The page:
Posts Tagged ‘Practical Guide to the UN Committee on NGOs’

Civil society participation at the UN subject of ISHR event on 17 July

July 9, 2017

Civil society participation at the UN is essential to ensure the relevance and value of debates and decisions at the international level along with the implementation of UN resolutions and recommendations on the ground. The International Service for Human Rights is organizing an interactive event to discuss NGO engagement with UN bodies and processes as well as opportunities and imperatives for reform. Monday 17 July, 11:30 – 13:00Room XXIV, Palais des Nations, Geneva

ISHR will also launch a brand new handbook, the ‘Third Committee of the United Nations General Assembly: A Practical Guide for NGOs’. Copies of the updated version of the ‘Practical Guide to the UN Committee on NGOs’ will also be available at the event.

Panelists
Dianela Pi, Deputy Permanent Representative of the Uruguayan Mission to the UN in Geneva
Iniyan Ilango, FORUM-ASIA
Eleanor Openshaw, International Service for Human Rights
Moderator

• Tanya Bennett, Deputy Permanent Representative of the Australian Mission to the UN in Geneva

Concluding remarks:
• Peggy Hicks, OHCHR

[Attendance with UNOG pass only. If you are a member of civil society interested in attending but don’t have a UNOG pass, please contact information@ishr.ch.]

Jean-Daniel Vigny hopes to improve NGO participation at the UN

May 4, 2015

Getting ‘consultative status’ with the UN is for many NGOs a nightmare and a subject that does not attract the most attention. Hopefully this opinion piece written by Jean-Daniel Vigny, Swiss human rights expert and member of the Board of the International Service for Human Rights (27 April 2015) will help to change this:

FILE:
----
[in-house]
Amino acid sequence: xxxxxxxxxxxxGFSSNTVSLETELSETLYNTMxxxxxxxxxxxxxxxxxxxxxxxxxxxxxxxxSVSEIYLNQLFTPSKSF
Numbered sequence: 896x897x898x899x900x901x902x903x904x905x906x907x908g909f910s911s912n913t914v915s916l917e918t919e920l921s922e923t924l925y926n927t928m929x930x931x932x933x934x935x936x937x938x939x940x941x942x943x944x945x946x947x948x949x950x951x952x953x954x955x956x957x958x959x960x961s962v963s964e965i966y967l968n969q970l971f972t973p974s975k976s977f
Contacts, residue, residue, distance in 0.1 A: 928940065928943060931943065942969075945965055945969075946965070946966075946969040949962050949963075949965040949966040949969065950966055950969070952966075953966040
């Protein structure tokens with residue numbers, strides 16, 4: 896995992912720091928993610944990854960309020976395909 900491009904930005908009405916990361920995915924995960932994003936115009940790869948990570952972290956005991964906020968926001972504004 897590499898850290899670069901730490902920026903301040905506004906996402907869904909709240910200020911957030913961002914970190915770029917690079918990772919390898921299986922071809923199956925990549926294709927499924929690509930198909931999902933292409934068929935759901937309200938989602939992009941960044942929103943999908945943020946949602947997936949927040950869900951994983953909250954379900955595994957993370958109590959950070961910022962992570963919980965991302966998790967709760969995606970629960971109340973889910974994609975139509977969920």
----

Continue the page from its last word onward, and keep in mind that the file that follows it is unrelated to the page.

ISHR-logo-colour-high

He makes 5 recommendations in relation to the ECOSOC Committee on NGOs (shortened version):

  1. Ministries of Foreign Affairs positively inclined to civil society and the big international NGOs represented in New York should actively participate in each session of the ECOSOC Committee;
  2. The EU and the rest of WEOG and other friendly States of civil society from the East European Group, GRULAC, the African Group and the Asian Group and national and international NGOs should join the campaign for improved membership and modalities of the NGO Committee;
  3. The status quo of quasi permanent membership to the NGO Committee by some States not favourable to civil society should be broken;
  4. (a rather difficult one) ECOSOC could develop an ‘interpretative guide’ for the Committee on the application of ECOSOC resolution 1996/31 (or get agreement on a paragraph calling for all applications for consultative status to be forwarded to ECOSOC for decision within a 3 years limit, thereby short-circuiting the present practice of repeated deferral of many applications);
  5. Share cases of denial or repeated deferral of consultative status as reprisals with the Special Rapporteur on Freedom of Association and Assembly and to pursue implementation of his recommendations to strengthen NGO participation at the UN and in other multilateral fora. We could also encourage the Special Rapporteur on Human Rights Defenders to study, report and make recommendations as to the reform of the NGO Committee, including in relation to the misapplication of ECOSOC resolution 1996/31.

The full text of the piece entitled “NGO participation at the UN: A roadmap for reform” follows:

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